Symbolic appeal must be unraveled

Too many Republican strategists are girding for the wrong fight. They are acting and talking like we’ll be facing Leona Helmsley, the notorious “Queen of Mean,” when our nominee faces off against Hillary Clinton. But that’s not the Hillary we’ll be confronting next November. Before this is over, Hillary’s candidacy will have more in common with Amelia Earhart’s first trans-Atlantic flight or Sally K. Ride’s first trip into space than Helmsley’s heartlessness.

Republicans who are eager to face Clinton completely fail to grasp the crucial role that symbolism plays in politics. Hillary bids to be the first-ever woman president of the United States, and that’s a big deal. It will overshadow every other issue and image in this campaign.

The miscalculations about Hillary’s candidacy are partially a byproduct of a preoccupation with polls. Some Republicans, particularly Karl Rove, have made much of Hillary’s negative or unfavorable ratings in Gallup surveys. But a trio of Gallup Poll analysts, responding specifically and assertively to Rove’s public statements, recently reviewed data showing that politicians can reverse negative perceptions. They also documented the volatility of Hillary’s own ratings, pointing out that her numbers improved after release of her autobiography in 2003.

It is curious that so many poll-driven pundits overlook the fact that Clinton’s negatives are clustered mainly among Republicans and Republican-leaning independents who are unlikely to vote for her in any circumstance. Among Democrats and Democratic-leaning independents, Hillary’s unfavorable ratings are modest and manageable. So it comes down to the pure independents and ticket-splitters. What do they think? In April, Gallup reported that among the 755 “pure independents” they interviewed in 2005 through 2007, Hillary had a 46 percent favorable rating, 43 percent unfavorable, and 12 percent no opinion. Too close to call, but ripe for symbolic exploitation.

I caught a glimpse of Hillary’s manipulation of the first-woman symbolism during her recent interview with David Letterman. If you haven’t seen this interview, and you think of Hillary only as a Leona or a liberal, you should do yourself a favor and watch it.

Letterman gets around to asking about her being the first woman president. One of them mumbles “overdue” and Hillary opens up. First she tells about all the parents who bring their young daughters to meet her. That’s powerful enough, but she doesn’t stop there. She starts telling about elderly women who come up to shake her hand and say they were born before women could vote and they hope to live long enough to see a woman president. The crowd swoons.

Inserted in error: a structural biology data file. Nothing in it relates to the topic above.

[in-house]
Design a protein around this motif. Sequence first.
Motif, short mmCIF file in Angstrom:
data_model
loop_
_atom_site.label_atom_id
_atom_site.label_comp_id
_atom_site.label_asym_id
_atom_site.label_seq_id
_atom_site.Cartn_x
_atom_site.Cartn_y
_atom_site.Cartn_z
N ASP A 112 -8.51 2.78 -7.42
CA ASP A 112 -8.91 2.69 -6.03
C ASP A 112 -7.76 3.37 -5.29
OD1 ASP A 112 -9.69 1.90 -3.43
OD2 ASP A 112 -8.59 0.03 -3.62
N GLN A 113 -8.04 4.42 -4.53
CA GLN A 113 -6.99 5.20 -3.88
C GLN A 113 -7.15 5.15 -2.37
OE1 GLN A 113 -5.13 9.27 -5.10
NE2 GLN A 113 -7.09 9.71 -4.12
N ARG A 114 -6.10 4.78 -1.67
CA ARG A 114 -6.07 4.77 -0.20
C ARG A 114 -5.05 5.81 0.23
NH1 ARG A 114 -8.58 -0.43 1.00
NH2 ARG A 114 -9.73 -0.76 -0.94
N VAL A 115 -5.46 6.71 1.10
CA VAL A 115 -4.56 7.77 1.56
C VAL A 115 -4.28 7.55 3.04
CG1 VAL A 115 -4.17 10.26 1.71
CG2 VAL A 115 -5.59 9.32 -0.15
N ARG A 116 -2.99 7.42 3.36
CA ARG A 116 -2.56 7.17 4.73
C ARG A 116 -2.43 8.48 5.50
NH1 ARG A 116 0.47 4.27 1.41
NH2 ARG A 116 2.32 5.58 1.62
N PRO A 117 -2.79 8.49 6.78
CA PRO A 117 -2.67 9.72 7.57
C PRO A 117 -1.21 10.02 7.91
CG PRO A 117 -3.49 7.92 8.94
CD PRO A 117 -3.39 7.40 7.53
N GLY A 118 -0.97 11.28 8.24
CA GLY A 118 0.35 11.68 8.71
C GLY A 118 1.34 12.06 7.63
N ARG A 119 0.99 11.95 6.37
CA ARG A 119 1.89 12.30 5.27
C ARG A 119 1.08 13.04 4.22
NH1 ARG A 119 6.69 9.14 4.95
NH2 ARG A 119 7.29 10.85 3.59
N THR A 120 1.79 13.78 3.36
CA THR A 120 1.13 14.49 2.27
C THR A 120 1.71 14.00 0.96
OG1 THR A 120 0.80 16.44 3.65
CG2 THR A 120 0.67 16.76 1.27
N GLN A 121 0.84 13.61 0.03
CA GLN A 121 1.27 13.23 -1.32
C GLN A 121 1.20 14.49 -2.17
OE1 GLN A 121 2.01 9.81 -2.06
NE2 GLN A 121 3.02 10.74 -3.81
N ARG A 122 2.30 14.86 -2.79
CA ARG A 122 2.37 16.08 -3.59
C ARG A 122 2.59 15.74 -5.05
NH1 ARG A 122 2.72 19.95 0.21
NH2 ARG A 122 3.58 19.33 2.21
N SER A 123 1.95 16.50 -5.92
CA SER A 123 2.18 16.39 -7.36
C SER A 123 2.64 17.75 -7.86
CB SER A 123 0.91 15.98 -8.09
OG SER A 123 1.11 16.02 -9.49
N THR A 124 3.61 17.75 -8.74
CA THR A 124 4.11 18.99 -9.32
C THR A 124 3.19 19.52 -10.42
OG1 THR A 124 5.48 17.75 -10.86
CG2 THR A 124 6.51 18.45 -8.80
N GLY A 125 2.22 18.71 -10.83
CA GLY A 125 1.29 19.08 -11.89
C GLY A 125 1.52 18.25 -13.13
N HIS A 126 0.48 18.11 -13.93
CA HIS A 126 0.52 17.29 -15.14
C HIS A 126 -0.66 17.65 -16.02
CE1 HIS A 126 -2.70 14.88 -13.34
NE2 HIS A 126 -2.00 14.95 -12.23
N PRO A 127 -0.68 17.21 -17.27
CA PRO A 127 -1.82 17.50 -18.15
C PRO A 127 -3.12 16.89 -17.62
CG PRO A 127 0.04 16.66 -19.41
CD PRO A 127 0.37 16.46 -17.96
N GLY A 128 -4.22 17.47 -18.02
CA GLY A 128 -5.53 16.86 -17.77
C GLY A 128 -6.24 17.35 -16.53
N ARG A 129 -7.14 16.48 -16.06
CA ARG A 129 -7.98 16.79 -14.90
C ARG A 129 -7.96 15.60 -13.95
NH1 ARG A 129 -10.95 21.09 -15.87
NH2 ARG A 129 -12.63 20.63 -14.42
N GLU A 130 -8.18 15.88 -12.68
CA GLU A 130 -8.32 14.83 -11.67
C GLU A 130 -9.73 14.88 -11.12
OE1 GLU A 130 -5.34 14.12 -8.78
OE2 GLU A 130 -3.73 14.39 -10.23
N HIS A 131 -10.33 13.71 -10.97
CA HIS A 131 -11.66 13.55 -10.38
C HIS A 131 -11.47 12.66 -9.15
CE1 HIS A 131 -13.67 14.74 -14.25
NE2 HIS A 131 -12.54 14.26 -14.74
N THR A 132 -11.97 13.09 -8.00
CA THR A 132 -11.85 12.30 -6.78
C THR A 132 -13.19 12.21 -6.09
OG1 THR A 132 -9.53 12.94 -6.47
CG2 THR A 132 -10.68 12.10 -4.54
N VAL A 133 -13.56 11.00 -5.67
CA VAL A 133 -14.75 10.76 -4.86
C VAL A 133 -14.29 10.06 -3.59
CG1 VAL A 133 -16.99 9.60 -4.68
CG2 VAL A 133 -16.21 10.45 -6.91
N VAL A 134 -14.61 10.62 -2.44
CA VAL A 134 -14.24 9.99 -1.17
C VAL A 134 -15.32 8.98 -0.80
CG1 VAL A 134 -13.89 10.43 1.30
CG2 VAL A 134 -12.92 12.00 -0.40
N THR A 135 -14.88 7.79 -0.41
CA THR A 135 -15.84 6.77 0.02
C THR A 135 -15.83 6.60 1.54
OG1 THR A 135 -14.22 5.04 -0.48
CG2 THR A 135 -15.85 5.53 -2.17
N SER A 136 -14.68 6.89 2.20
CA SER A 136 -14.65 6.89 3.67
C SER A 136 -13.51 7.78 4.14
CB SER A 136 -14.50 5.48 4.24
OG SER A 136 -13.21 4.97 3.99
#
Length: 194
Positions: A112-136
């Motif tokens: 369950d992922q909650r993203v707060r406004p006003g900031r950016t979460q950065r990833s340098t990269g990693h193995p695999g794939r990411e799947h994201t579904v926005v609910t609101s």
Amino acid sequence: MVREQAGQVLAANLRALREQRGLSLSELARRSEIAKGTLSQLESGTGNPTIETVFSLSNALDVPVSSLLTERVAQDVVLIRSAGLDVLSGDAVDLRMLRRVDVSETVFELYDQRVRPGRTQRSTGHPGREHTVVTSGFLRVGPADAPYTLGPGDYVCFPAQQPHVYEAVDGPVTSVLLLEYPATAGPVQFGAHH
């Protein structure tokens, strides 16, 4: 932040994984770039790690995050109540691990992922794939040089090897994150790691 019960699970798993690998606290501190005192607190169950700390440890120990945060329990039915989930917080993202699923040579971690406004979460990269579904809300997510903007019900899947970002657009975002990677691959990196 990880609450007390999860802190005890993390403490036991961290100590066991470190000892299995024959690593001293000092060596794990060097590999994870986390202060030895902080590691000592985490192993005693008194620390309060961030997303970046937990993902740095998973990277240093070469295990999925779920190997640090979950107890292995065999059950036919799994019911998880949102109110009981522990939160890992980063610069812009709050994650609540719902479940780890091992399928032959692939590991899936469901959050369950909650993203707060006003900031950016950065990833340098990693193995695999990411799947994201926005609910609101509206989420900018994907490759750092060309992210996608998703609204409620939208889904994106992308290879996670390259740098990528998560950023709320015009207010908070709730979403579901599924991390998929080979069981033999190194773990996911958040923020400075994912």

For floating, independent voters, especially women and the 12 percent who haven’t formed an opinion of Hillary, the symbolism of electing the first woman is powerful, especially when so many male politicians have let them down. Maybe this time it will be different, they can muse.

What are Republicans to do in the face of such a powerful symbolic premise for our likely opponent? For one thing, potential Republican nominees need to start thinking hard about female running mates. At the very least, they can offer the first female vice president. That might be enough of a symbolic benefit for independents and ticket-splitters worried whether they can afford another Clinton presidency.

Republicans also need to contemplate counter-symbols that are big enough to sway this election. For example, Hillary might represent to many Americans the negative symbols of nepotism or hereditary monarchy. Swing voters and independents dissatisfied with the recent Bush family hegemony might not be ready to reenlist for the Clinton family redux. Partisan check and balance on a Democratic Congress will be another powerful symbol for our nominee to leverage.


Hill is director of Hill Research Consultants, a Texas-based firm that has polled for GOP candidates and causes since 1988.